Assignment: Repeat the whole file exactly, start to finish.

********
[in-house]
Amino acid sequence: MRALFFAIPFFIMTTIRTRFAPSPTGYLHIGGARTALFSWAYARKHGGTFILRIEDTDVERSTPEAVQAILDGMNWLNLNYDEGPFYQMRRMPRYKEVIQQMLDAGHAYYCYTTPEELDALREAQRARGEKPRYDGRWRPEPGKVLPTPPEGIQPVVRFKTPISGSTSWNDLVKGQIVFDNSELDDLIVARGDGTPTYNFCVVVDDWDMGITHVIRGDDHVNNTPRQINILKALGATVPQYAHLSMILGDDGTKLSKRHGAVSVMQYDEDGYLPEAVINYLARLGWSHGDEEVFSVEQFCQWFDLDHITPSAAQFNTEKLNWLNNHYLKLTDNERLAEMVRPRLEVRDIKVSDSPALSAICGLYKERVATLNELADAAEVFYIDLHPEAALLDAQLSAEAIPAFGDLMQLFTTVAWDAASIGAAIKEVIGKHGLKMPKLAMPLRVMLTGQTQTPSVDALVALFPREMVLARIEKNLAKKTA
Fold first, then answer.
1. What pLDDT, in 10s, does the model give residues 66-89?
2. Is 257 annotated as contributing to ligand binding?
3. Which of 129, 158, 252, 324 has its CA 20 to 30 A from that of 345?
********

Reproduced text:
[in-house]
Amino acid sequence: MRALFFAIPFFIMTTIRTRFAPSPTGYLHIGGARTALFSWAYARKHGGTFILRIEDTDVERSTPEAVQAILDGMNWLNLNYDEGPFYQMRRMPRYKEVIQQMLDAGHAYYCYTTPEELDALREAQRARGEKPRYDGRWRPEPGKVLPTPPEGIQPVVRFKTPISGSTSWNDLVKGQIVFDNSELDDLIVARGDGTPTYNFCVVVDDWDMGITHVIRGDDHVNNTPRQINILKALGATVPQYAHLSMILGDDGTKLSKRHGAVSVMQYDEDGYLPEAVINYLARLGWSHGDEEVFSVEQFCQWFDLDHITPSAAQFNTEKLNWLNNHYLKLTDNERLAEMVRPRLEVRDIKVSDSPALSAICGLYKERVATLNELADAAEVFYIDLHPEAALLDAQLSAEAIPAFGDLMQLFTTVAWDAASIGAAIKEVIGKHGLKMPKLAMPLRVMLTGQTQTPSVDALVALFPREMVLARIEKNLAKKTA
Fold first, then answer.
1. What pLDDT, in 10s, does the model give residues 66-89?
2. Is 257 annotated as contributing to ligand binding?
3. Which of 129, 158, 252, 324 has its CA 20 to 30 A from that of 345?